- The Super Bowl (end-of-season competition for American Football) and World Cup (the final event of a four-year cycle for international football/soccer) are side-by-side in terms of venue (usually a jam-packed 80,000-plus-attendee stadium), competition stakes, multiple memorable and creative commercials, and advertising for the event out the wazoo! The Rugby World Cup (the final event of a four-year cycle for international rugby union) and Cricket World Cup (ditto for one-day cricket) are much the same, if on a slightly smaller scale.note Australia has two such events, each the final matches of the country's two most popular football codes: the AFL Grand Final (the Australian Football League) and NRL Grand Final (the National Rugby League in rugby league). Depending on where you live in Australia, one or the other is arguably the biggest event of the sporting season.note
- Inverted by NASCAR, whose biggest race, the Daytona 500, starts the season.
- You may have your own memories of the last day of the school year, when all educational pretense is thrown out. The rooms and halls of a school may be cleaned and stripped of all seen-day-after-day material. Meanwhile, there's a different air to the day: students AND teachers are now allowed to wear casual or even bright, special-occasion clothing, classrooms may have parties with various unhealthy-for-you foods, and it may be an all-class movie-watching affair. Heck, the day may even be shortened to half-day! Even more so, there may be an emotional upgrade between you and your friends if you are at the limit of your school's grade curriculum (e.g. elementary 5th grade moving on to junior high 6th grade) and your friendship is expected to split apart permanently.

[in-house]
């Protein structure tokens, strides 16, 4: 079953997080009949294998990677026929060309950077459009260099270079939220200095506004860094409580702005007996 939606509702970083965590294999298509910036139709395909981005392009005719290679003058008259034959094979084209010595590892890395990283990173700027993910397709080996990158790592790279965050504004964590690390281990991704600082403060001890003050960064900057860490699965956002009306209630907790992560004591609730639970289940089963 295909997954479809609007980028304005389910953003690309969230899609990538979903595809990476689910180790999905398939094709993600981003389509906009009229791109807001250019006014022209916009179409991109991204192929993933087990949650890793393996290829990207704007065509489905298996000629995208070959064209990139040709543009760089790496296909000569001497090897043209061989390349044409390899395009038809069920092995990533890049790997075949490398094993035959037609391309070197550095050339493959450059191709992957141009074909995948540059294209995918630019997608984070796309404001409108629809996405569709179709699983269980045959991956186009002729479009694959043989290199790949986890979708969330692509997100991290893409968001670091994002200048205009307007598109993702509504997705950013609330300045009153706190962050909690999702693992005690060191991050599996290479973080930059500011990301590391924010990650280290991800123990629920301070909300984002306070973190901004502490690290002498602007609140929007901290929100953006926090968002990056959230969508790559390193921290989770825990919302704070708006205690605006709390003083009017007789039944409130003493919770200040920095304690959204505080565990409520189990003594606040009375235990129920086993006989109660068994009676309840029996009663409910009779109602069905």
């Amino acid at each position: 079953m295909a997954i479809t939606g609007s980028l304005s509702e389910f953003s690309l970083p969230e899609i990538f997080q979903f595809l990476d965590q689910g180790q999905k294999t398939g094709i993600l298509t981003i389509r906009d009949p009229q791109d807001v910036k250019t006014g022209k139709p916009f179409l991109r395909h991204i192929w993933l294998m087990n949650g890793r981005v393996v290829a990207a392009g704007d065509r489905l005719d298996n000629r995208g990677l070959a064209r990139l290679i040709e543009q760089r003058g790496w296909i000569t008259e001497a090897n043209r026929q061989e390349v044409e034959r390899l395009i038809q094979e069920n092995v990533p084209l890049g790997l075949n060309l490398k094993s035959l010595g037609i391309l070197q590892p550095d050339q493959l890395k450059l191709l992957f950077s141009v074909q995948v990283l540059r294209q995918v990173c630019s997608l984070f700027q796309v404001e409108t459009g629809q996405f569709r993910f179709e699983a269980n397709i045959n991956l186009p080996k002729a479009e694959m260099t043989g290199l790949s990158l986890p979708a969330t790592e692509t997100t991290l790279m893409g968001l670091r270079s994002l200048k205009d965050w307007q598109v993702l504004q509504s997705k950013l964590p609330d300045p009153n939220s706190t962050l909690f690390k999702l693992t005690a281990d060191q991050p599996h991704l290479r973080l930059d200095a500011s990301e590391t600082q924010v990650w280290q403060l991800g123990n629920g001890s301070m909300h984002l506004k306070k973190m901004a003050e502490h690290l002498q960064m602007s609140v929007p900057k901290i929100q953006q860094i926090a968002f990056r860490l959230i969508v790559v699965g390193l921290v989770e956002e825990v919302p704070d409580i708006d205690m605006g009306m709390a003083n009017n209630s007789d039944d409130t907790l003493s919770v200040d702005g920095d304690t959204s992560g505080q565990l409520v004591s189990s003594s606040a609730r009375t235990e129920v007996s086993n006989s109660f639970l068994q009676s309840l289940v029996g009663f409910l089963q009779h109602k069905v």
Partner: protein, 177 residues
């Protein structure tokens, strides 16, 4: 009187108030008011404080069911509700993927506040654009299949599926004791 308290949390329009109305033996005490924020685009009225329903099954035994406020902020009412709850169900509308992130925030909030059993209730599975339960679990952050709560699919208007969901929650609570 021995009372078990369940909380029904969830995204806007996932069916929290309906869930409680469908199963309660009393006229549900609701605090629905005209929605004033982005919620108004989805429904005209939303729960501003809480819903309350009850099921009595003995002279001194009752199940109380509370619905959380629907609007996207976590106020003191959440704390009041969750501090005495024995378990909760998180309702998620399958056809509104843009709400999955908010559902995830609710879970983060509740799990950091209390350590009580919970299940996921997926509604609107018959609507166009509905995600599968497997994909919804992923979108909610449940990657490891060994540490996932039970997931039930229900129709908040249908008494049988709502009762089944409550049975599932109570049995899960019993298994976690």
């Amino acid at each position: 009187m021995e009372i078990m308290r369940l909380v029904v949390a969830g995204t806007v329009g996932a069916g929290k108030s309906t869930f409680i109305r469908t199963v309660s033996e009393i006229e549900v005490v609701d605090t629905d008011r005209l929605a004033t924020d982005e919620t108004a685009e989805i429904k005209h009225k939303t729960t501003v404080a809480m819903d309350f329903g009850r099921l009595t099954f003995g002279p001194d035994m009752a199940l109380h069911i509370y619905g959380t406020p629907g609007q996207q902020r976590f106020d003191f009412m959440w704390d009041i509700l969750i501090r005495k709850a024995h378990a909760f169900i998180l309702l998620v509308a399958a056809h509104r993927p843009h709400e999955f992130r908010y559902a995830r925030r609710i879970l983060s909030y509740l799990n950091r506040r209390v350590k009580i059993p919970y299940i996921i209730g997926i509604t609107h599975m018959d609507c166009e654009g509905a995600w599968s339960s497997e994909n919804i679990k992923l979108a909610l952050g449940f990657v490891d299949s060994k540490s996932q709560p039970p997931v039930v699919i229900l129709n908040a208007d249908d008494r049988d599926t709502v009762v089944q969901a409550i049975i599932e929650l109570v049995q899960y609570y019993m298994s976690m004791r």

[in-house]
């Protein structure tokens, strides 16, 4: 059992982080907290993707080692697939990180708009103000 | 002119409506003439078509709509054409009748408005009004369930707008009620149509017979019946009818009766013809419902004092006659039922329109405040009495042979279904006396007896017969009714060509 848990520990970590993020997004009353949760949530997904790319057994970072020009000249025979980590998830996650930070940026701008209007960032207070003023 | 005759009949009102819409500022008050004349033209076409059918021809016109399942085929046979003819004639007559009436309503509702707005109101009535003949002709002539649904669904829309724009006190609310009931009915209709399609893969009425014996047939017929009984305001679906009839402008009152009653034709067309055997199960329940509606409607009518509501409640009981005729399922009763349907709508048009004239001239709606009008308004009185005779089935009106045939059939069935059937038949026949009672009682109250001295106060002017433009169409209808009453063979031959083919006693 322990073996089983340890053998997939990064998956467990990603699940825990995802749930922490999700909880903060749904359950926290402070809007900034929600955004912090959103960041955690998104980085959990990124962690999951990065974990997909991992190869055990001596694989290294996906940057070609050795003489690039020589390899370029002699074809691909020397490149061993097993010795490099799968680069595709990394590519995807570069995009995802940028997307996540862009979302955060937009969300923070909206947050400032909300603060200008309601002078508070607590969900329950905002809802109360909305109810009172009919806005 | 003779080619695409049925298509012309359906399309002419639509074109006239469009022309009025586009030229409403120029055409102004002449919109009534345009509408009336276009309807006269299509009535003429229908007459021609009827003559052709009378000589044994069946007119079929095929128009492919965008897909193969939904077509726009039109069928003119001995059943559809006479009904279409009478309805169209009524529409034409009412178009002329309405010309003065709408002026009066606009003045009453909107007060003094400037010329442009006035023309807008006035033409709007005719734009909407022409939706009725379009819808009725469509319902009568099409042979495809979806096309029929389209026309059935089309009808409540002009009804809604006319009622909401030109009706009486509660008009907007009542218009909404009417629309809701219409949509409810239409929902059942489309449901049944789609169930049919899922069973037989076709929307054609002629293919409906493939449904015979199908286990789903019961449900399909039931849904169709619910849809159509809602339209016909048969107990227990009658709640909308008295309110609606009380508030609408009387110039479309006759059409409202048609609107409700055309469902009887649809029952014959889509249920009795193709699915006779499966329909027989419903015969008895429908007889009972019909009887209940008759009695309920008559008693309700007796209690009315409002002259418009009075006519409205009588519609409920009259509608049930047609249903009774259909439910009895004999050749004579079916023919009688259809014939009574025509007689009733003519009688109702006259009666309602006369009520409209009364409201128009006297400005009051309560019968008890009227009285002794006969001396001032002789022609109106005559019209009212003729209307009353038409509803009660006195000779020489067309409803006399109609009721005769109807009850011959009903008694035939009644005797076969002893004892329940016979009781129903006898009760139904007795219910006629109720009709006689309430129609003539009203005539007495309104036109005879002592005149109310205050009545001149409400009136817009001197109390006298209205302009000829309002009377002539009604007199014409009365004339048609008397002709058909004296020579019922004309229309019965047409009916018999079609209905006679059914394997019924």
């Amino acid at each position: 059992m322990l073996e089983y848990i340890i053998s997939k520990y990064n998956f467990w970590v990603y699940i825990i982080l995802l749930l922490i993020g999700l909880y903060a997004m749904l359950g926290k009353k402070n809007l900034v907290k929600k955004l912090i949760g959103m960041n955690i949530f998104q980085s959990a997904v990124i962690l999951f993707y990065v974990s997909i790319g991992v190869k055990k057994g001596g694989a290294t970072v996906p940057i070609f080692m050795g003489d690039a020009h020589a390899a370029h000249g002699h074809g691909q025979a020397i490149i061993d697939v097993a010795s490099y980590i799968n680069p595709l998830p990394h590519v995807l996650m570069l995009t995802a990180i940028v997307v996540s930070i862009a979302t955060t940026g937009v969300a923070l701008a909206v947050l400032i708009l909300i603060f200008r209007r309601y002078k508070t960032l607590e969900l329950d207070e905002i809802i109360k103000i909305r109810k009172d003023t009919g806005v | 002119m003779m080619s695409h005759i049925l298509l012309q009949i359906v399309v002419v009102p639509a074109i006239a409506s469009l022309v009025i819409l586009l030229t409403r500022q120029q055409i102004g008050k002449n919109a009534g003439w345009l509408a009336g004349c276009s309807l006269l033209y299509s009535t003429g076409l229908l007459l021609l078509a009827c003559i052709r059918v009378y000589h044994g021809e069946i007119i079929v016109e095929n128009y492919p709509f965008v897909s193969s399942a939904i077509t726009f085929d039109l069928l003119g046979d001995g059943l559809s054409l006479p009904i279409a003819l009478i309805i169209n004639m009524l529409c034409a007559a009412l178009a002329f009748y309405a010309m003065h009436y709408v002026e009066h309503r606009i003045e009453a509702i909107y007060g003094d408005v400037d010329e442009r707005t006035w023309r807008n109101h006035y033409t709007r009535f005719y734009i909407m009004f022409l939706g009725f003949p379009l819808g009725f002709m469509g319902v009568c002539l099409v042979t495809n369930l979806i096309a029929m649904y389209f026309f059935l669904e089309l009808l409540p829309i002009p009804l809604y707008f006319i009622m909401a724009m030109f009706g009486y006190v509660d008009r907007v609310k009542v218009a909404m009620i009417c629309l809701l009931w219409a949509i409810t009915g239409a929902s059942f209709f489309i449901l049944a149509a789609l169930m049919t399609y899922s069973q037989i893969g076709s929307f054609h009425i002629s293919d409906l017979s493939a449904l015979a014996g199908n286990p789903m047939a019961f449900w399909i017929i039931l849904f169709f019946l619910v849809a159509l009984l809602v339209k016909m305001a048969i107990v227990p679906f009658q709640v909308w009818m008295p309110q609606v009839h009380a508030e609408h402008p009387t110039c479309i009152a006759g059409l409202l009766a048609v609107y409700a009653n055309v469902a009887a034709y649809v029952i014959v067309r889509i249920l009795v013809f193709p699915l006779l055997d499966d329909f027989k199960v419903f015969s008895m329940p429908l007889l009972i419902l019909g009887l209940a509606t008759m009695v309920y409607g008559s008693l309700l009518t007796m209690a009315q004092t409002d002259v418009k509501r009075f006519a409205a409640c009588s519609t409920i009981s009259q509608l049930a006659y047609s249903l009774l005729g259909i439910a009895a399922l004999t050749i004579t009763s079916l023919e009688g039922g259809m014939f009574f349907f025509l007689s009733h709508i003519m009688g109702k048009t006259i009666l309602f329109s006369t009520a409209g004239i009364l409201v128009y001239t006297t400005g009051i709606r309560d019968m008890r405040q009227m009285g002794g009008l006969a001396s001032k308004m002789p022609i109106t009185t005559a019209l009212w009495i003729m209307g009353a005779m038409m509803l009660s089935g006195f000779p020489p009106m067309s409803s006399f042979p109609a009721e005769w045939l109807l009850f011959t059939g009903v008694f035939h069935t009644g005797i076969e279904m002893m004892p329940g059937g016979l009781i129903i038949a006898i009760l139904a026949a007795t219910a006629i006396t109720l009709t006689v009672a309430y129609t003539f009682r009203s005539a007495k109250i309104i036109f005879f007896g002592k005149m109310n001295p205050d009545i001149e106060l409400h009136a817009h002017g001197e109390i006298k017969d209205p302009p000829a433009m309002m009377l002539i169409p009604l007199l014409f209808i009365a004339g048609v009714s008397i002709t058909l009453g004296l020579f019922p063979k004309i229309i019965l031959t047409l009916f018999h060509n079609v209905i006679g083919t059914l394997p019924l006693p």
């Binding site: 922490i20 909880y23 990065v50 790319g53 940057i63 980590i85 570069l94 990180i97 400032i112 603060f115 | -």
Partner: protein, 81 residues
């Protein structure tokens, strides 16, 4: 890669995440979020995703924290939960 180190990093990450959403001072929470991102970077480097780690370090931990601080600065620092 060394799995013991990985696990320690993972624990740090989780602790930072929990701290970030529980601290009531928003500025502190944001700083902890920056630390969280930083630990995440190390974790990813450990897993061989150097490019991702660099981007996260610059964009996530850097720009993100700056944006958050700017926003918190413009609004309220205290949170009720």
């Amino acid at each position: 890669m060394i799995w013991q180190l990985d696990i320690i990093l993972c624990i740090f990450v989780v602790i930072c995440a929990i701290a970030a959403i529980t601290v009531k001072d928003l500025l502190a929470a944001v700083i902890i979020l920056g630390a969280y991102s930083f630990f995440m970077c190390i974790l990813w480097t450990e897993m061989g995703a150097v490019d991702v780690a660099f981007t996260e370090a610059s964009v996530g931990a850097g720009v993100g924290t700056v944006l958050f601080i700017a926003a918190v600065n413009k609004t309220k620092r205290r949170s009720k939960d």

- In a sense, New Year's Eve is like this. Regular people, companies, and television production corporations spend money on the best celebratory items (ranging from expensive champagne to exorbitant amounts of food for parties) and decorations (ranging through confetti, poppers, fireworks, and even displays) to help oust the old year, and ring-in the new year.
- December 31, 1999 even brought a whopping 28-hour world-wide and international televised effort towards the new millenniumnote to highlight humanity's progress, music, art, culture, hopeful future, concern about Y2K, and celebrations in the 2000 Today collaboration, where several (and we mean 100+) countries and their highlights were broadcast all over the world on their respective authorized television channels. ABC 2000 was the United States' coverage of the event, hosted by the late Peter Jennings.
- Fox Kids folded in 2002, with most of its shows and properties going to ABC/Disney. However, before all was said and done, like Power Rangers in Space, they threw the standards-and-practices rulebook out the window and went out with a bang, allowing shows depicting material that would probably be considered too suggestive, disturbing, or frightening for its demographic. Digimon Tamers was one show that is fondly remembered by Fox Kids viewers, for allowing material that dealt with death (even one character blatantly attempting suicide near the end of the show), PTSD, loss of identity, philosophy, violence, metaphysics, and mature radar-skirting concepts of love, openness, and connection, even allowing material that probably wouldn't be shown on family television, much-less children's television. Power Rangers Time Force also pushed the envelope on what could be shown on children's programming, with comparatively graphic violence and Body Horror,note and yes, even a Power Ranger blatantly dying at the beginning of the show(!), and was the final Power Rangers series solely produced by Saban Entertainment before the transfer to Disney.